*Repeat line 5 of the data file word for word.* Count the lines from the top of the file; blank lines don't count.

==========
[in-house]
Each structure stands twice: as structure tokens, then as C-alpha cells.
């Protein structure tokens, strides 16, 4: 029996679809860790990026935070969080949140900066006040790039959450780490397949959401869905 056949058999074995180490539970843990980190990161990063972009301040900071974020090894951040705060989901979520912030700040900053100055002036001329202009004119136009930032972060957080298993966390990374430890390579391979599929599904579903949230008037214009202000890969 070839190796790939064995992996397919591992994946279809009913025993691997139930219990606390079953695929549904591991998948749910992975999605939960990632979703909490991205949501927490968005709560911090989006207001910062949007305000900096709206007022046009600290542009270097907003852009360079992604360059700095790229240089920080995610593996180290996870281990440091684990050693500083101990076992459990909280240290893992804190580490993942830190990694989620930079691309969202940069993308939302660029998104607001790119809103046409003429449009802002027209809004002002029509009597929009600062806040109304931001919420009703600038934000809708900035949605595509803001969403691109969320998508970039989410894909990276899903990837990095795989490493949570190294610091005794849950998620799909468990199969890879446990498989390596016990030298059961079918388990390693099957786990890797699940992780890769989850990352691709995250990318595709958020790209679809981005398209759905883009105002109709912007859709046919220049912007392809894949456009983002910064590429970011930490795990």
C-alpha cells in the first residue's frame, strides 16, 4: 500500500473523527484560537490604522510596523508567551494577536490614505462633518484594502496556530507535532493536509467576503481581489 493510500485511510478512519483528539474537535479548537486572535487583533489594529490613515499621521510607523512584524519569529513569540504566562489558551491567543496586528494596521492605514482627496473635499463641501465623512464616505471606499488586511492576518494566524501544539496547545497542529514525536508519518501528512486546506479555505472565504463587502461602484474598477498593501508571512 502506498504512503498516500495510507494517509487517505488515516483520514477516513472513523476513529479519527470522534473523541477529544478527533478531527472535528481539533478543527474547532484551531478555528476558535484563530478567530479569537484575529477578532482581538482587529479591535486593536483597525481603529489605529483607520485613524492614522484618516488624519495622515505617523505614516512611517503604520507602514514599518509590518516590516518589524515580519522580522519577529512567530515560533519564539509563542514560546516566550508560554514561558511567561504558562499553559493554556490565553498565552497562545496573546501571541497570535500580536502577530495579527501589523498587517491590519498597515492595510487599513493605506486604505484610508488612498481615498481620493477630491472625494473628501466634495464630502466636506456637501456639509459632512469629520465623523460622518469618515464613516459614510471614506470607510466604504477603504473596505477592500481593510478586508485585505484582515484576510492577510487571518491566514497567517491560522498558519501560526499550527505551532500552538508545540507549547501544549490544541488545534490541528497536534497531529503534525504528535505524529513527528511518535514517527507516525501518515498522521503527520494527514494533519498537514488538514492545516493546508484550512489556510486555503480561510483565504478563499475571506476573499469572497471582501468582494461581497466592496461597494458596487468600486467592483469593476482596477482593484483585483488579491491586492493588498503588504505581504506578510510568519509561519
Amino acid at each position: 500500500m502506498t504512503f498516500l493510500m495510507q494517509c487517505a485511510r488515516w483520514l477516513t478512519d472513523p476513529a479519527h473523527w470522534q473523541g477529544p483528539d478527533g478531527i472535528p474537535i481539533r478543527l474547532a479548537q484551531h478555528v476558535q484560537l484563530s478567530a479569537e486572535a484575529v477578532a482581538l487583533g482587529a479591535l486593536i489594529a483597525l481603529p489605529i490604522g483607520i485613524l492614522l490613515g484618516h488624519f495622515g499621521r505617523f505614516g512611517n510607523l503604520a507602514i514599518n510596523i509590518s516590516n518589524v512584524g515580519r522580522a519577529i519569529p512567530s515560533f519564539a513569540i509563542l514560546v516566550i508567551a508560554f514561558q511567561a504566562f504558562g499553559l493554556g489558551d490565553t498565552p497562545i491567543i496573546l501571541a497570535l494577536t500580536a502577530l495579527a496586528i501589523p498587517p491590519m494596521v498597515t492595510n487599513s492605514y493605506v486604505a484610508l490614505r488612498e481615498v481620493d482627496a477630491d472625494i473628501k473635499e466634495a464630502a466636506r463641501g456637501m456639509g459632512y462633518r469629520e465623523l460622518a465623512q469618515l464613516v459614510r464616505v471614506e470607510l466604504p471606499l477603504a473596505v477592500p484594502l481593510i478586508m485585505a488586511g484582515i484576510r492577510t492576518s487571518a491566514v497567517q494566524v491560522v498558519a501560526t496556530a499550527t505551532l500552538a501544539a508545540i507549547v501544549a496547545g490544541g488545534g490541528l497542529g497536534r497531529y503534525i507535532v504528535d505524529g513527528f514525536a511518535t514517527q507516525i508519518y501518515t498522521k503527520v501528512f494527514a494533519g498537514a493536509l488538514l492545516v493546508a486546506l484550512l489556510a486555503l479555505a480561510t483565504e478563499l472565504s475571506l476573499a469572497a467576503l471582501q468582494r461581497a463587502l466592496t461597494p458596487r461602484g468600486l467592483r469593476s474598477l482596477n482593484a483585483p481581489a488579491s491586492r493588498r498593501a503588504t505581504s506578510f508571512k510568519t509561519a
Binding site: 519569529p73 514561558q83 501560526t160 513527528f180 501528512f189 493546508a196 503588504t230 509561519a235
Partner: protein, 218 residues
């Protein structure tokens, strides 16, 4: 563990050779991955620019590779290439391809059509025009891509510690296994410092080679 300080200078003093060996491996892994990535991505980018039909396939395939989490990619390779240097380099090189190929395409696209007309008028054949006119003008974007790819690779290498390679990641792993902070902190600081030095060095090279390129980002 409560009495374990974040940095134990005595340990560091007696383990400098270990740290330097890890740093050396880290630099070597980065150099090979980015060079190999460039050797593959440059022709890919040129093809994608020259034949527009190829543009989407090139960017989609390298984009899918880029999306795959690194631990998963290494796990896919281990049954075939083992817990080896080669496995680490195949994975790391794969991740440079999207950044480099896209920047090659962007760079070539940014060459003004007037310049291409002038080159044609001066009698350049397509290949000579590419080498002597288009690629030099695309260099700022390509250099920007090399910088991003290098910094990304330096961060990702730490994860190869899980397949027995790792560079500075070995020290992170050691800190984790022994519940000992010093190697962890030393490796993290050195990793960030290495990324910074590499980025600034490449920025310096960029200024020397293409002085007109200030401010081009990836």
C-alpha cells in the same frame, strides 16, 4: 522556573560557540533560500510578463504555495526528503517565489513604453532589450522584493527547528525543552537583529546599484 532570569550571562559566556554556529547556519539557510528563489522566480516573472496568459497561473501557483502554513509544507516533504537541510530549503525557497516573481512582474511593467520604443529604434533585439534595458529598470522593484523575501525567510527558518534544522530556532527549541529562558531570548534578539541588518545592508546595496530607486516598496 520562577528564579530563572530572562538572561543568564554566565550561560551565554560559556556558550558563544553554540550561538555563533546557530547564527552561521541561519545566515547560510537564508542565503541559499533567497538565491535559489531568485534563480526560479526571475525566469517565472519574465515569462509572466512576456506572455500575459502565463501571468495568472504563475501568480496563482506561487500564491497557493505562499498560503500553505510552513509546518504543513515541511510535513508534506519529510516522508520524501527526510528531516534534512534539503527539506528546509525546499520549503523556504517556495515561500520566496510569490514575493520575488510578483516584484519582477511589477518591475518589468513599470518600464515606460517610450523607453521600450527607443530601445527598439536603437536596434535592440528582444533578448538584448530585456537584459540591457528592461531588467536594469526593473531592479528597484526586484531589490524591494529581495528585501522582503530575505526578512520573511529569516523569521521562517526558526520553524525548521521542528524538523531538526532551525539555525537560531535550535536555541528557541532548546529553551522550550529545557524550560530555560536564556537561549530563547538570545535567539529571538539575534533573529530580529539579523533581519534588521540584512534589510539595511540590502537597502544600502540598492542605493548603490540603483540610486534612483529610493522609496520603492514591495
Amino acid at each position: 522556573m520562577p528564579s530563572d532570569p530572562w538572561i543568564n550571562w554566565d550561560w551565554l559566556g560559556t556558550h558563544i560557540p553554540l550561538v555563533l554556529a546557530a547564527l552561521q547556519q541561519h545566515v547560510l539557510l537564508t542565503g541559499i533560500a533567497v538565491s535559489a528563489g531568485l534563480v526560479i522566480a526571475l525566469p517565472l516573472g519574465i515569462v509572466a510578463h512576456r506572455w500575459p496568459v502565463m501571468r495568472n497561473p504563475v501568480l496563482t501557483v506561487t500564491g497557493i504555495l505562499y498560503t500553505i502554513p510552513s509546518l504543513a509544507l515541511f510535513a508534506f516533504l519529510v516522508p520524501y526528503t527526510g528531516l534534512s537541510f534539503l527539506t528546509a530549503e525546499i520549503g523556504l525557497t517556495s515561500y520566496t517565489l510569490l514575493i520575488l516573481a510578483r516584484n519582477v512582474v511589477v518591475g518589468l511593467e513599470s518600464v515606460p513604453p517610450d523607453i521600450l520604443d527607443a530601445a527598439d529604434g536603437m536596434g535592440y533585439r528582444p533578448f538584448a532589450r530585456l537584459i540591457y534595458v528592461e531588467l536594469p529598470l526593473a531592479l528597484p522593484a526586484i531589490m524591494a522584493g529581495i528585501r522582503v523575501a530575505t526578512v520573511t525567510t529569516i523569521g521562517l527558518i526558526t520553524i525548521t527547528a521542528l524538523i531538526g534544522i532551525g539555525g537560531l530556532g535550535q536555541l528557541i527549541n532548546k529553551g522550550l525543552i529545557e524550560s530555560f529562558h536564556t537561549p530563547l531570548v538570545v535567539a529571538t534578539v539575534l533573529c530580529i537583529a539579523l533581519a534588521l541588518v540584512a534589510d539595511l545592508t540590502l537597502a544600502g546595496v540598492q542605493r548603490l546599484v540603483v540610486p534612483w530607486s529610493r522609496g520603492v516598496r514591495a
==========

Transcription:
Amino acid at each position: 500500500m502506498t504512503f498516500l493510500m495510507q494517509c487517505a485511510r488515516w483520514l477516513t478512519d472513523p476513529a479519527h473523527w470522534q473523541g477529544p483528539d478527533g478531527i472535528p474537535i481539533r478543527l474547532a479548537q484551531h478555528v476558535q484560537l484563530s478567530a479569537e486572535a484575529v477578532a482581538l487583533g482587529a479591535l486593536i489594529a483597525l481603529p489605529i490604522g483607520i485613524l492614522l490613515g484618516h488624519f495622515g499621521r505617523f505614516g512611517n510607523l503604520a507602514i514599518n510596523i509590518s516590516n518589524v512584524g515580519r522580522a519577529i519569529p512567530s515560533f519564539a513569540i509563542l514560546v516566550i508567551a508560554f514561558q511567561a504566562f504558562g499553559l493554556g489558551d490565553t498565552p497562545i491567543i496573546l501571541a497570535l494577536t500580536a502577530l495579527a496586528i501589523p498587517p491590519m494596521v498597515t492595510n487599513s492605514y493605506v486604505a484610508l490614505r488612498e481615498v481620493d482627496a477630491d472625494i473628501k473635499e466634495a464630502a466636506r463641501g456637501m456639509g459632512y462633518r469629520e465623523l460622518a465623512q469618515l464613516v459614510r464616505v471614506e470607510l466604504p471606499l477603504a473596505v477592500p484594502l481593510i478586508m485585505a488586511g484582515i484576510r492577510t492576518s487571518a491566514v497567517q494566524v491560522v498558519a501560526t496556530a499550527t505551532l500552538a501544539a508545540i507549547v501544549a496547545g490544541g488545534g490541528l497542529g497536534r497531529y503534525i507535532v504528535d505524529g513527528f514525536a511518535t514517527q507516525i508519518y501518515t498522521k503527520v501528512f494527514a494533519g498537514a493536509l488538514l492545516v493546508a486546506l484550512l489556510a486555503l479555505a480561510t483565504e478563499l472565504s475571506l476573499a469572497a467576503l471582501q468582494r461581497a463587502l466592496t461597494p458596487r461602484g468600486l467592483r469593476s474598477l482596477n482593484a483585483p481581489a488579491s491586492r493588498r498593501a503588504t505581504s506578510f508571512k510568519t509561519a